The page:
The Herald Bulletin

Overnight Update

Community

January 15, 2014

Hops demand grows as breweries bloom

Plants can take three years to mature for use in beer

ANDERSON — The local food movement is creating higher demand for Indiana-grown hops, but it may take several years for the supply to catch up.

More Hoosiers are looking into growing hops, the flower that gives beer its bitter taste, as the popularity of local breweries has grown.

Lori Hoagland, a professor of horticulture and landscape architecture at Purdue University, said she doesn’t know how many hops farmers are in Indiana but the number is likely growing.

“I’m getting more calls and interest from growers looking for information,” she said. “My sense is it’s becoming more popular.”

The majority of hops are grown in the Pacific Northwest, but people in other states throughout the country are slowly becoming more interested.

Similarly to grapes, Hoagland said, it takes about three years until hop yields are mature enough to be used in beer.

Dave Waldman, operations director and co-founder of Triton Brewing Company in Indianapolis, said between contracts and Indiana yields being in their infancy, it will be a while until he could use locally grown hops.

“The challenge is Indiana is very young to the hop industry,” he said. “All things being equal, if it’s the same quality, we would first choose Indiana-raised hops.”

One of the biggest challenges Hoosiers interested in growing the cone-like flower have is the cost of equipment, at least on a large scale, Hoagland said. There are also certain pathogens in the state that could cause problems to the yields.

It hasn’t stopped everyone from trying, though.

In Knightstown, a small hop farm called Three Hammers Farms has been growing the flower to sell to brewers, although no one from the company was available Tuesday afternoon.

Other people around the state are interested in hops for their own brews.

Text Only
Community
  • FEA hb0802 World Race 1 Called to serve Life right after college is a time of uncertainty and scrambling for a full-time job for a lot of recent graduates, but Holly Smith has known in her heart for a while what she was destined to do after commencement.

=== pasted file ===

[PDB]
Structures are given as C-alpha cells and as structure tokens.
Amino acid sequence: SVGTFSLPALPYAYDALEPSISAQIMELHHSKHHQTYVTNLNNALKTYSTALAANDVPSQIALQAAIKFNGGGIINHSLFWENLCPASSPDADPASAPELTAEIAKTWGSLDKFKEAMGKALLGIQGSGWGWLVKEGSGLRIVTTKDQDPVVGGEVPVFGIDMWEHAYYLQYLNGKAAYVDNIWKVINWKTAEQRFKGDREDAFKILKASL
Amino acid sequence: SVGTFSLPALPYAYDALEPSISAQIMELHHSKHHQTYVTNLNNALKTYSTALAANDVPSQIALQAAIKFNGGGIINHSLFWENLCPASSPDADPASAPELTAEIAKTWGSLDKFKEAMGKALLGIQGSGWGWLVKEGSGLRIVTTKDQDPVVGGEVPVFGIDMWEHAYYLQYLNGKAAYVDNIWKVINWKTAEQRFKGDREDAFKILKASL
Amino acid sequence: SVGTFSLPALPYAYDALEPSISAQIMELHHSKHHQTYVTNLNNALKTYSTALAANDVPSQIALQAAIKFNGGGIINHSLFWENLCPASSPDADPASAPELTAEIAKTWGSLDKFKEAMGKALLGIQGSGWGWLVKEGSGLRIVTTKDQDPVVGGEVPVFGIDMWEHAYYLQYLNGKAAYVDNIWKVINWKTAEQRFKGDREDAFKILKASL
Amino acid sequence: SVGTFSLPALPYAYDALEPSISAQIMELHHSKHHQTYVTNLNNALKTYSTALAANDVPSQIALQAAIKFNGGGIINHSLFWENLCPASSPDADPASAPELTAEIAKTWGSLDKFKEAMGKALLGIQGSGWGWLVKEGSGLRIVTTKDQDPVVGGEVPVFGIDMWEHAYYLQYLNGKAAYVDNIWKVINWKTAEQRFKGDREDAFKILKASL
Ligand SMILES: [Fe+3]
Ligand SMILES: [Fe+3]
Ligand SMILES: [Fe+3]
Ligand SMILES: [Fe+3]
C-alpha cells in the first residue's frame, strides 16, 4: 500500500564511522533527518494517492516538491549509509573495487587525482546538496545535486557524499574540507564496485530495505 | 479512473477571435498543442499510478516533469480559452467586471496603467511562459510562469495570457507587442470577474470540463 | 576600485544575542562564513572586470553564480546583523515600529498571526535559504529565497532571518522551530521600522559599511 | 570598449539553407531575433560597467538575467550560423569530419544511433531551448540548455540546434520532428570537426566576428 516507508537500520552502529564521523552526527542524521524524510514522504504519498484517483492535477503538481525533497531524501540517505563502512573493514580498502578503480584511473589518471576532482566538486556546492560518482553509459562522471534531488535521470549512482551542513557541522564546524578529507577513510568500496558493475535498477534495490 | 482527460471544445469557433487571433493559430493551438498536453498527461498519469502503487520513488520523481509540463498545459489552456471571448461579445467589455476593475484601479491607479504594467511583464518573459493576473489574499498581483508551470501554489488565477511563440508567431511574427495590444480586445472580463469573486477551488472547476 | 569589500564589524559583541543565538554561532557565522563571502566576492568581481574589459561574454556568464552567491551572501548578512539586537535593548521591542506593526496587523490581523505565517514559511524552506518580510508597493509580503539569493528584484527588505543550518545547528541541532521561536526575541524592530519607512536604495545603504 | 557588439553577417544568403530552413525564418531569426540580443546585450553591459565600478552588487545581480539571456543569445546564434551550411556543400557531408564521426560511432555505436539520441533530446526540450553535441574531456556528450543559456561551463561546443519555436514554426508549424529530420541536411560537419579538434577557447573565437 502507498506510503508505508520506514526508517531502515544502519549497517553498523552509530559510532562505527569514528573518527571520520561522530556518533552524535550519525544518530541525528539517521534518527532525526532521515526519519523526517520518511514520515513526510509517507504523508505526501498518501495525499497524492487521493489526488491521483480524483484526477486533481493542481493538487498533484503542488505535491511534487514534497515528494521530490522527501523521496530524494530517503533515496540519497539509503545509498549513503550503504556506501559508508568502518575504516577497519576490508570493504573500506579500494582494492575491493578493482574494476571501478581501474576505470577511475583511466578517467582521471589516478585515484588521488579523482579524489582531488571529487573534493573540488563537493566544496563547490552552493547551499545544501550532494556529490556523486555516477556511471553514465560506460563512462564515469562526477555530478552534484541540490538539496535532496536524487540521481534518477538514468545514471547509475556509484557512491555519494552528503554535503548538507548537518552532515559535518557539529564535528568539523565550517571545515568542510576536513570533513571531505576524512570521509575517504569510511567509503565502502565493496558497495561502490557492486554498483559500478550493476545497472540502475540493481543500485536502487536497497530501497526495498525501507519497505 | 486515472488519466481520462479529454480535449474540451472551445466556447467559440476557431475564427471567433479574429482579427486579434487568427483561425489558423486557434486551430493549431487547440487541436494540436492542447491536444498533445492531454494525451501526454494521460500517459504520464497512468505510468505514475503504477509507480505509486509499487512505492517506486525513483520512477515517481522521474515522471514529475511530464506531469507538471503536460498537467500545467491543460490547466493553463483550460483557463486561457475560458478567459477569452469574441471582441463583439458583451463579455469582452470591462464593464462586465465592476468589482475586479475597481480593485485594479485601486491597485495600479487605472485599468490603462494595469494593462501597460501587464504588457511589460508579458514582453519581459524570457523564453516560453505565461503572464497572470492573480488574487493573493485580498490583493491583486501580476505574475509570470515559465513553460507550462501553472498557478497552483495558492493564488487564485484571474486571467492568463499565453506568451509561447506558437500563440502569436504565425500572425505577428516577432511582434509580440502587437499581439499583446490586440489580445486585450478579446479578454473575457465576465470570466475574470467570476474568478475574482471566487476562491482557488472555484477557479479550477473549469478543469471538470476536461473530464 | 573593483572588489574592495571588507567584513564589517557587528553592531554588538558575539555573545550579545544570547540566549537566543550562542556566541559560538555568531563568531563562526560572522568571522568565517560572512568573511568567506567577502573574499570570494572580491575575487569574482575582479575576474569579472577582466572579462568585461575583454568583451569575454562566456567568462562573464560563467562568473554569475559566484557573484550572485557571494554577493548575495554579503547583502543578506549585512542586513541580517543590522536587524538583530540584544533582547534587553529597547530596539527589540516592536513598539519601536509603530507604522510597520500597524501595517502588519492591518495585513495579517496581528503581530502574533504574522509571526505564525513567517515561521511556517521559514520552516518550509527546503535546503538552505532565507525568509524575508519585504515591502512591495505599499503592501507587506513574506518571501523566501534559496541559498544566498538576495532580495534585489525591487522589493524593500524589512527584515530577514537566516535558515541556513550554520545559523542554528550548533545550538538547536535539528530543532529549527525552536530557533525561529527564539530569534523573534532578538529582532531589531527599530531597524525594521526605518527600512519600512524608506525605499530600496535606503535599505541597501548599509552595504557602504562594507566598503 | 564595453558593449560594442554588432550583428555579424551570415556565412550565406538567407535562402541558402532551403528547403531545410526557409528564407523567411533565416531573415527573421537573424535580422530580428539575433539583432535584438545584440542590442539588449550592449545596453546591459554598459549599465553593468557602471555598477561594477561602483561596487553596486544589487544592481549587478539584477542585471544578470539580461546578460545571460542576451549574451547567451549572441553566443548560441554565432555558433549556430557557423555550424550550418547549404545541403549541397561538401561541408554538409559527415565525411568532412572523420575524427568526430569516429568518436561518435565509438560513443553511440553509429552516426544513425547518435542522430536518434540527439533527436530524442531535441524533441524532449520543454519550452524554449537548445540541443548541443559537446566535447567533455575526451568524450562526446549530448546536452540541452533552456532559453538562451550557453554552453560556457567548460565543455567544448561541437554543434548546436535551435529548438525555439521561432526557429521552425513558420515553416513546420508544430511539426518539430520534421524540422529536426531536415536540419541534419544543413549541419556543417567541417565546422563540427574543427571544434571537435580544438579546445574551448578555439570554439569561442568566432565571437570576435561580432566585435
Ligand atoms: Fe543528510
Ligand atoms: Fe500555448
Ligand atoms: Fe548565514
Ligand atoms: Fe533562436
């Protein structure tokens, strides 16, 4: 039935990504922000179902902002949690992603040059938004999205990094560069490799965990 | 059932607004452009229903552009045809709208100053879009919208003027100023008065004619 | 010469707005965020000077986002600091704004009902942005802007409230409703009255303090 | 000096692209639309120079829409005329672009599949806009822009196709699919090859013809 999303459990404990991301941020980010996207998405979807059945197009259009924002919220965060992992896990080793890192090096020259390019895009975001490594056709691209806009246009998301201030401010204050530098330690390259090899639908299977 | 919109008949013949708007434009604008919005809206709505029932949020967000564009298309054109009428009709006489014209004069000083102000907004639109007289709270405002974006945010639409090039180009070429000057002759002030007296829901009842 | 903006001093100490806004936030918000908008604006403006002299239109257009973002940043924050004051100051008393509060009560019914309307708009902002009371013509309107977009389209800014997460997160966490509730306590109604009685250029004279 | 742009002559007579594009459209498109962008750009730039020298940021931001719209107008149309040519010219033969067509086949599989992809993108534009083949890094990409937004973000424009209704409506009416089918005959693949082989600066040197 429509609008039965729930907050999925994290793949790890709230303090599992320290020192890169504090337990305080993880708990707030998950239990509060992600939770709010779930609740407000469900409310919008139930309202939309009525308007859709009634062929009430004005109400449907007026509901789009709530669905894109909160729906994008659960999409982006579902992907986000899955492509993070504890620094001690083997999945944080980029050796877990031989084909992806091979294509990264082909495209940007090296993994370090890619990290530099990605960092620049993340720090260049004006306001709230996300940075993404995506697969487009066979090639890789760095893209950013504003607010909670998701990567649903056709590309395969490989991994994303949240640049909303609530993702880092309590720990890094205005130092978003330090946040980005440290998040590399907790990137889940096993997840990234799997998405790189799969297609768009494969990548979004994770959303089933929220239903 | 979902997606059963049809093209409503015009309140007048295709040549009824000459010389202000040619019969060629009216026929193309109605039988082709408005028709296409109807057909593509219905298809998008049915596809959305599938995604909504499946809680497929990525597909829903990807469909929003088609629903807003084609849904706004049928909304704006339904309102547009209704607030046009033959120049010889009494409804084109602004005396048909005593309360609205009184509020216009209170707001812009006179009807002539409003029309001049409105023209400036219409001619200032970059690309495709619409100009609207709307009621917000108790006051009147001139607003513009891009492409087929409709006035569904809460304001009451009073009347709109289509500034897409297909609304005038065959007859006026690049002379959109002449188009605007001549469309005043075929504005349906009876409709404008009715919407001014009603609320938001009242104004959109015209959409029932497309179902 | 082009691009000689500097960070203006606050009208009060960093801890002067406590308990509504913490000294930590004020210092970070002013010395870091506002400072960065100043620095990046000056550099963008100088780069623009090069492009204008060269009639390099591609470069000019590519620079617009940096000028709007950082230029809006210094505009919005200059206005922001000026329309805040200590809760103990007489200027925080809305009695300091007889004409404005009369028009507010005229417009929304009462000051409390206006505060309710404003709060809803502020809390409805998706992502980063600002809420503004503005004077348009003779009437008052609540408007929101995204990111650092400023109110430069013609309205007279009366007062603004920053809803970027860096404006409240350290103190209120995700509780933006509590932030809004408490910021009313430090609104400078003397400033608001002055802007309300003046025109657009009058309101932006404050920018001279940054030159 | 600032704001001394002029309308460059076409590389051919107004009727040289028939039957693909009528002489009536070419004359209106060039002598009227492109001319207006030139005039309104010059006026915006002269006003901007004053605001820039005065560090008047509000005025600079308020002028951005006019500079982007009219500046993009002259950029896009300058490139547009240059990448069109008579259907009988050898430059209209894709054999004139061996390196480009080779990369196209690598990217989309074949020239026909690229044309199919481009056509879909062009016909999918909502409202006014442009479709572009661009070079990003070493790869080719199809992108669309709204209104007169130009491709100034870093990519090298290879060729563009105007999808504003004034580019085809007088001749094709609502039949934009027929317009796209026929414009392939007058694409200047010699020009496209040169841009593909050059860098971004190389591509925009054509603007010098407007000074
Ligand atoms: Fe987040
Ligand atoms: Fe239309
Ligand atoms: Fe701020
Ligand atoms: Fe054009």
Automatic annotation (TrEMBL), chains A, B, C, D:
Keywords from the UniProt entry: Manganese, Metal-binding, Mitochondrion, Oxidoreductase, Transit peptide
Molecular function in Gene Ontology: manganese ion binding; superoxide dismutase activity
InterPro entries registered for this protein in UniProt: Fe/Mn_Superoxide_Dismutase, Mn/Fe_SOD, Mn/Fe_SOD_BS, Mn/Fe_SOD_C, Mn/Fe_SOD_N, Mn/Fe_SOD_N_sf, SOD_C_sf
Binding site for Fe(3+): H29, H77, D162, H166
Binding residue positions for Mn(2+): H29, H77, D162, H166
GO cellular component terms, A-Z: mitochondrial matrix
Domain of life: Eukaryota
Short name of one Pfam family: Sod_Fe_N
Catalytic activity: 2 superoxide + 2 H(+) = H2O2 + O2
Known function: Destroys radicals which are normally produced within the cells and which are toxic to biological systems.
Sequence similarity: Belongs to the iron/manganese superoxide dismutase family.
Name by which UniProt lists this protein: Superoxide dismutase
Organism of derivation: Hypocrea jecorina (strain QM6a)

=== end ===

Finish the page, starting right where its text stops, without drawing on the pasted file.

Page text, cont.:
August 1, 2014 1 Photo

  • How does your garden grow? Members of the Fairmount Garden Club are like the shoemaker’s elves, except they ride in trucks and carry water jugs to tend the flowers they have planted around the community. They also share their gardening wisdom at meetings.

    August 1, 2014

  • Community Briefs: Aug. 2 A compilation of community news items as published in the Saturday edition of The Herald Bulletin.

    August 1, 2014

  • Davis, Verna mug Verna Davis: Peace is worth fighting for Some people say they know how to find peace. We should “simply” follow our hearts, search for meaning in our lives, and fulfill our dreams. Sad to say, those things may bring us a bit of satisfaction, but they certainly don’t bring us peace.

    August 1, 2014 1 Photo

  • FEA HB0801 Heart_328 Tickets going fast for Heart Anyone wanting to rock out to Heart Friday night who hasn’t reserved tickets may be out of luck. Only a handful of tickets are still available for the band’s concert at Hoosier Park Racing & Casino.

    July 31, 2014 1 Photo

  • Community Briefs: Aug. 1 A compilation of community news items as published in the Friday edition of The Herald Bulletin.

    July 31, 2014

  • Live music: Aug. 1 Live entertainment at local venues as published in the Friday edition of The Herald Bulletin.

    July 31, 2014

  • Jim Bailey: Gospel singer’s long road to recovery has begun Eighteen months ago, gospel singer and The Perrys manager Tracy Stuffle found himself wrecked by the side of the road, where he struggled to summon help on his cell phone. He had suffered a severe stroke while driving.

    July 30, 2014

  • Community Briefs: July 31 A compilation of community news items as published in the Thursday edition of The Herald Bulletin.

    July 30, 2014

  • FEA HB0730 Gordon Brooks Berky strives to unite community through the arts His theater was originally going to be a place where he could perform when he’s not on tour, but then actor and mask maker Doug Berky had a bigger idea: Unite the community through entertainment.

    July 29, 2014 1 Photo

Reader Pet Photos


We're looking for your best pet photos! Share your photos of your favorite non-human companions in our new photo gallery. Click here to upload your photos

Hyperlocal Search
Premier Guide
Find a business

Walking Fingers
Maps, Menus, Store hours, Coupons, and more...
Premier Guide
Parade
Magazine

Click HERE to read all your Parade favorites including Hollywood Wire, Celebrity interviews and photo galleries, Food recipes and cooking tips, Games and lots more.
More Resources from The Herald Bulletin